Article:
Album review: “A frontal assault on pop from French Boutik”

French Boutik. Photo by Derek d'Souza

By John Armstrong, Rock At Night Manchester Correspondent and Columnist

Review: Front Pop (LP) – French Boutik

Paris France based four-piece French Boutik are fronted by Californian émigré Gabriela Giacoman, the music is sharp dressed and smoothly delivered perfect pop, with a relaxed spaciousness to it. Front Pop is their first full length album, having previously issued three double 45 singles (now available as a compilation CD on Detour records). This is eleven fresh offerings; as the album overview states they are songs of love, politics and cats. There is a joy de vie to their playing that makes any possible language barrier irrelevant, the sound and feel is so infectious and – as with their earlier singles – some of the songs are delivered in English. The LP sleeve is printed with the lyrics and the package is completed with some beautiful photographs by Derek d’Souza including the double sided fold out poster of the band, underground in a metro station and walking Paris’ cobbled streets.

Album opener “Le Mac” has a choppy guitar rhythm, a driving bass and a sideways shift into an astral chorus, loaded with those Ye-Ye flavoured backing vocals and a spiraling outro.

“Sur Mon Ecran (On My Screen)” is a tale of on-line dating, a slow restrained twang with an early Beatle-ness and arresting guitar lines; simultaneously reminiscent of “You’re Going To Lose That Girl”, “The Word” and “If I Fell”, which of course means it doesn’t actually sound like any of them.

On “L’Expert” Serge takes the lead vocal with Gabriela and Zelda lending textured backing hooks to this upbeat piece with some nifty bass runs adding to the whole.

“Hitch A Ride” is sung in English with a sparse and open feel gathering momentum and an unexpected but fitting flute interlude adds a different flavour.

“Je Regarde Les Tigres” begins with crunchy chords and a pause followed by some particularly smart drumming by Zelda and a Staxy guitar riff with a touch of “Drive My Car” about it that leads into the chorus, a song about becoming exasperated arguing politics on the internet and looking at videos of cats instead. It closes with a deftly delivered Moon-esque shift into the coda from Zelda. Incidentally her drum kit is the same configuration as the one Keith Moon is sitting behind in early rehearsal room studio publicity shots when The Who were still called The High Numbers.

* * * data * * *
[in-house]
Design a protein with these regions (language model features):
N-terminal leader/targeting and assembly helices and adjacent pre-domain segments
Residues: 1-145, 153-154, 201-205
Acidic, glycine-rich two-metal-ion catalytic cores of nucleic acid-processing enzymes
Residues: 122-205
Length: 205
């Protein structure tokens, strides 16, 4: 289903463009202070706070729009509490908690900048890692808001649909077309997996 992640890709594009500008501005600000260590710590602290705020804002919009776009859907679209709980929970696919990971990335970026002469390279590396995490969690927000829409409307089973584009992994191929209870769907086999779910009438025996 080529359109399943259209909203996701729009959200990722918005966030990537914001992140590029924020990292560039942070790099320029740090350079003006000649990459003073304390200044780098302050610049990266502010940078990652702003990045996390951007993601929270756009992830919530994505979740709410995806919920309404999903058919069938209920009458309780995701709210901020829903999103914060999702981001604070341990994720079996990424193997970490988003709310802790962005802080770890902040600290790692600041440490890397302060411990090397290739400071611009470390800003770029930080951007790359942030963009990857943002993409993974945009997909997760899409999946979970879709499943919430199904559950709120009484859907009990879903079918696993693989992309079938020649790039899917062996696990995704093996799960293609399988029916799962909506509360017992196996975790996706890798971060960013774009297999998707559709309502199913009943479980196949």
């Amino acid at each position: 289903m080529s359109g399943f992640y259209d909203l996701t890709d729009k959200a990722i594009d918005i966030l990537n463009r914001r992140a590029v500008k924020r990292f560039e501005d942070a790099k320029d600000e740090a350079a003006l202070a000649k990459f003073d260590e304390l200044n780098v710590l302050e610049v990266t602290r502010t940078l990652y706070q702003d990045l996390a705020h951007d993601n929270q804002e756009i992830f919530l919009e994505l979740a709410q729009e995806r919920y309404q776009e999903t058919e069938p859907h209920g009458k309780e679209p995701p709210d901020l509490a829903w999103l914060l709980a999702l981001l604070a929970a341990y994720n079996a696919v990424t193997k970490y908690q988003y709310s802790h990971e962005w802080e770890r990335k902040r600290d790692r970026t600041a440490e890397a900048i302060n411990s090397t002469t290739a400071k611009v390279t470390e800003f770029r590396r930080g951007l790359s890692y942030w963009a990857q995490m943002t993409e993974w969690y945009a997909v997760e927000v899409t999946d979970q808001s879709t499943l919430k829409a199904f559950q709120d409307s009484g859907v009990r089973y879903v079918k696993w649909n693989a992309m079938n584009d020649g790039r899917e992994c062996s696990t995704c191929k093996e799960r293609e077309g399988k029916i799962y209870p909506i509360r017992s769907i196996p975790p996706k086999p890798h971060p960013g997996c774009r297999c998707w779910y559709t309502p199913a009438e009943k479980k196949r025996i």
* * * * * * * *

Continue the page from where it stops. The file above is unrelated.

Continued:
“Impitoyable (Ruthless)” has a bright uplifting pop melody and interplay between Gabriela and Serge’s vocals with a Kinksy chorus, subtle but greatly effective keyboards from guest Oliver Popincourt and a lovely rolling bass part from Jean Marc

“Le Casse” is pushed along by the rhythm section of Zelda and Jean Marc and angular guitar with a burst of very surfy Pet Sounds-ish backing vocals.

“Costard Italien concernt” -the contents of some stylish Italian suits, is built around a descending run slowly building infectiously into a sweeping chorus underscored by Zelda’s backing vocal, a signature sound across the whole album.

“Je Ne Suis La Pour Personne” the driving and Clash-ish intrduction launches into a Blondie-esque rendition of the Francois Hardy number, energetic and helplessly sweet a wonderful cover.

“Le Chemise Dechiree”- A news inspired song – you may remember the scenes as angry Air France employees chased an executive over a fence ripping his shirt in a show of displeasure at the redundancies he’d just suggested. If this happened more often the world would be a better place.

And finally “The Rent”, an acoustic guitar opens with Serge singing in English lamenting among other things his name being incorrectly spelled and his TV being only able to receive Channel 4.

And there you have it. The album was crowd funded and is available worldwide from Hamburg based CopaseDisques on LP (plus download) and CD. Eleven smooth and dance worthy tracks of timeless pop-modernist music. Quite possibly they are the coolest band in the world.



Je Regarde Les Tigres

Hitch A Ride





John Armstrong

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